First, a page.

By comparison, Denver’s first light rail line opened in 1994 with just 5.3 miles, but now its system features eight different light rail lines. With its additional four commuter lines, the system spans more than 100 miles in total.
Dick told KXAN Denver had a “very similar plan” to what was being proposed in Austin, with a mixture of multiple types of rail projects to be built in very compressed timeframe.
“One of the advantages that Denver had is they had many existing freight rail corridors, that were either still in service or had been abandoned,” he explained. “So, when they went to develop a lot of those lines, they had existing corridors to build along. That made it easier and less expensive for them to develop certain parts of their system. It was one of the reasons that ultimately, you know, it came in closer to the budget and plan than a lot of other previous systems out there.”
Denver’s project faced some critique from transit experts saying this approach led its rail lines going “around the city,” meaning it doesn’t serve as many people as it could.
Max Bernhardt said he saw those critiques made in real-time when he worked there.
“What you ended up having in Denver was that the areas that were underserved by roadways were also transit deserts,” he said. “Ideally, transit is supposed to help plug those gaps in the system.”
He thinks Austin’s current map and plan will avoid this particular pitfall by traveling straight through densely populated downtown and offering options for other parts of the city. However, he hopes ATP will start to communicate more as the light rail review process and other parts of the project move forward.
“My ask is that they educate the public a little bit more on potentially some of the red tape that might be holding these sorts of things up and prevents them from moving forward with the work that can get done right now,” he said.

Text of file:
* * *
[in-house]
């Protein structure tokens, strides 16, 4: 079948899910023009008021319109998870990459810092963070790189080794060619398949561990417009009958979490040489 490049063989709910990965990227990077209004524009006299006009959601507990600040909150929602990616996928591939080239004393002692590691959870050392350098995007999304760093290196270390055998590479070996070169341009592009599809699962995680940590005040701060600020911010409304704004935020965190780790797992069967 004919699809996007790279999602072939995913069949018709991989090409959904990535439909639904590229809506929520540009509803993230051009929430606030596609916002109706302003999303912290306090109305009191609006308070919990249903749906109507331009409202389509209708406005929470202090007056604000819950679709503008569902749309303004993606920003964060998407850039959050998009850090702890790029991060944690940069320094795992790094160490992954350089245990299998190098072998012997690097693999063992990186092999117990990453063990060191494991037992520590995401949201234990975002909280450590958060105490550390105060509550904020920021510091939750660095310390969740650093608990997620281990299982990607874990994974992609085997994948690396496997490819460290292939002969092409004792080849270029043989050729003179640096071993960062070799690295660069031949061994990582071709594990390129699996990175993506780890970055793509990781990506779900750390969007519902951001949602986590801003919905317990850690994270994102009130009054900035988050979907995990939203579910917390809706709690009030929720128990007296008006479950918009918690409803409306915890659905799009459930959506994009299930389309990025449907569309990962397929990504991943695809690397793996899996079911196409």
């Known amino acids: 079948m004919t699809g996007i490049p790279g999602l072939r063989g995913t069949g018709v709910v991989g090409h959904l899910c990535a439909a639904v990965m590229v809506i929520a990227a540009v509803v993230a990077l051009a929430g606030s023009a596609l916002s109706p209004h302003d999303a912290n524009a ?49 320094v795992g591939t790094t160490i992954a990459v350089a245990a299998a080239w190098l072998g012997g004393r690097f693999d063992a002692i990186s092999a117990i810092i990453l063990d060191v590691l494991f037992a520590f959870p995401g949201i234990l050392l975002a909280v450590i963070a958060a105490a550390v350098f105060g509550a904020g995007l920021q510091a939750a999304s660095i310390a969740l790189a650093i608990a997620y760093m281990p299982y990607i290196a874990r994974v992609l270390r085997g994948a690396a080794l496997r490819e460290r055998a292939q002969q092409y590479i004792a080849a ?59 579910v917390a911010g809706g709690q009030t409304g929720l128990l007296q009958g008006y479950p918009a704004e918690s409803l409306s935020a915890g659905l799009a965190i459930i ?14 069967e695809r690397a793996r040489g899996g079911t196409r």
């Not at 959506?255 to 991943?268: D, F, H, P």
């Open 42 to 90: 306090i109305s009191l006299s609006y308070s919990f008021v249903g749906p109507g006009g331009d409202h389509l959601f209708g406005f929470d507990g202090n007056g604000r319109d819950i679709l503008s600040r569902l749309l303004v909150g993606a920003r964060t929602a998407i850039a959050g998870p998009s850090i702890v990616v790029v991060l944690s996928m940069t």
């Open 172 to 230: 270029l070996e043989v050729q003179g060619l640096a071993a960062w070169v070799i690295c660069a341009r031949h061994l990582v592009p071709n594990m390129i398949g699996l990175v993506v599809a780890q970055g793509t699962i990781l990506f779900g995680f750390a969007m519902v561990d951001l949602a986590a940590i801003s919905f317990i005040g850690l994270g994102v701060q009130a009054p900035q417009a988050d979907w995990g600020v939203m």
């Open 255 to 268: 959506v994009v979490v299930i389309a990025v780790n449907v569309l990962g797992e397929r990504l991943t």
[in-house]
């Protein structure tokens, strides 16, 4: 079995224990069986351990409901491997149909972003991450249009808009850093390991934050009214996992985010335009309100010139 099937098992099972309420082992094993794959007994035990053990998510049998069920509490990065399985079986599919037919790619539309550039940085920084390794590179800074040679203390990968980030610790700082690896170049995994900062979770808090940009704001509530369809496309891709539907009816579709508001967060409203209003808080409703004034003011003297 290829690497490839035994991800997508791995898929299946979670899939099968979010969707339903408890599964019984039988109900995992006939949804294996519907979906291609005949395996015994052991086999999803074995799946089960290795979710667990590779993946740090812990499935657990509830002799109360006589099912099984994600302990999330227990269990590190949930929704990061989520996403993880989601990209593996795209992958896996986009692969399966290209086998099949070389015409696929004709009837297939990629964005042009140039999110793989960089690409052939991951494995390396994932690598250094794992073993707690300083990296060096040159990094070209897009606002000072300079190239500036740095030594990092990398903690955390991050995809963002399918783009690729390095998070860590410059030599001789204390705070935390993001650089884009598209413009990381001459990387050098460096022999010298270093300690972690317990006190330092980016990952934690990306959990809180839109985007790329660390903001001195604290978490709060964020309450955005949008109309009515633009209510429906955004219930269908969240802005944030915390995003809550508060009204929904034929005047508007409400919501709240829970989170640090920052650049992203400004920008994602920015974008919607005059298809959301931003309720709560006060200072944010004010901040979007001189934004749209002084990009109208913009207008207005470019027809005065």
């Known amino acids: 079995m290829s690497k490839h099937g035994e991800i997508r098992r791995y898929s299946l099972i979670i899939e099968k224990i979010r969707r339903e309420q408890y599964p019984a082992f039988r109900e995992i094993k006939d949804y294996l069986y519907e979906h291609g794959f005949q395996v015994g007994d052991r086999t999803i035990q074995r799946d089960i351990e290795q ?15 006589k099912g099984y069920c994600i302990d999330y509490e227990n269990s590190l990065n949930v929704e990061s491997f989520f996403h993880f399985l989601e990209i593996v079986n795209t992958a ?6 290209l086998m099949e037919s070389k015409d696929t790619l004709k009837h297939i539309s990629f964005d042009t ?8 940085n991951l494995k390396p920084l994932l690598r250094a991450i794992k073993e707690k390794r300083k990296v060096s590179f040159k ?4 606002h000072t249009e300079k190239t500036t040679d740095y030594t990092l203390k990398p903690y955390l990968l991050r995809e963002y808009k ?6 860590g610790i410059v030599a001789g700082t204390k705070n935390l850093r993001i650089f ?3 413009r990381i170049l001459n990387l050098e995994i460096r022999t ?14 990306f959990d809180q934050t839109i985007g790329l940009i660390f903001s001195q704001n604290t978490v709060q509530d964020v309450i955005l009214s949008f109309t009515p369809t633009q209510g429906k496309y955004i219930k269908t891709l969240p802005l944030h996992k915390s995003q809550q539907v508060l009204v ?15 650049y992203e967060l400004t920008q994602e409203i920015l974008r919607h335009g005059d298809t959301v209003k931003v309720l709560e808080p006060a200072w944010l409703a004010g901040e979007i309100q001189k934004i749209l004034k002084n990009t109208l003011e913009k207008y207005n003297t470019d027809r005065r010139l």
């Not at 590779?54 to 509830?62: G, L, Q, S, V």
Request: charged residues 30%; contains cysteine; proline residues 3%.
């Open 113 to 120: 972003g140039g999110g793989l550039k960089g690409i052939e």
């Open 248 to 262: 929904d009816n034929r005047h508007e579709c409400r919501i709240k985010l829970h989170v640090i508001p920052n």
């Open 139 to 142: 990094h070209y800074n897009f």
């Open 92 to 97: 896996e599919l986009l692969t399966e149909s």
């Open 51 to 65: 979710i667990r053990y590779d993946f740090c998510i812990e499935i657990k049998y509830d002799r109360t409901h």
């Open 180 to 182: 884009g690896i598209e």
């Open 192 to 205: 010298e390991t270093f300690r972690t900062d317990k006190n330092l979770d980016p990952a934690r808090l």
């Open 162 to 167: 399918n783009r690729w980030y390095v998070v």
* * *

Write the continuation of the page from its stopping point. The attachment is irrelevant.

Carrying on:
Bernhardt said that roadblocks often arise on projects of this size when trying to meet federal and environmental regulations, and Canally echoed this point when talking to KXAN.
Canally said part of that work being done right now involves Project Connect “turning in its homework” to the Federal Transportation Administration in order to receive grants and funding moving forward.
“It’s a test of the federal government to make sure that we have very thoughtful financial tests in place,” he explained.
Full steam ahead
Azhar said he thinks most people don’t realize how much of the project will be unaffected by the ongoing light rail review — and how much work is already happening.
“Light rail is perhaps one-fifth of what the project is. For us, right, some of the most equitable pieces are some of those other things,” he said, referring to the millions of dollars in anti-displacement funding and the addition of four new MetroRapid bus routes.
“This is not just your local bus line — this is frequent service, better service. There will be new shelters, and so on, and so forth. So, a lot of things that those communities have lacked, we are at last going to make amends and provide those services,” Ahzar said.
He pointed to two lines in particular, connecting parts of south and east Austin, where construction has already begun.
A spokesperson for CapMetro, which is overseeing this part of Project Connect, added some additions and enhancements to the existing Red Line will be ready as soon as this month. The spokesperson noted this will mark the first project completed as part of the Project Connect program and says it will “immediately benefit riders today.”
Still, Canally recognizes many people are excited about the light rail project in particular.
“It’s a long project, but the citizens will see activity quickly once we get a decision made,” he said of the targeted spring 2023 update. “A lot of things in this town sometimes take an extra hour or two to get done, but I think Austin comes together really well on big projects and big efforts. At the end of this we’re going to have a great success.”
Senior Investigative Producer David Barer, Investigative Photojournalist Richie Bowes, Graphic Artists Rachel Gale and Aileen Hernandez, Creative Producer Eric Henrikson, Director of Investigations & Innovation Josh Hinkle, Digital Special Projects Developer Robert Sims, Transportation Digital Reporter Kelsey Thompson and Digital Director Kate Winkle contributed to this report.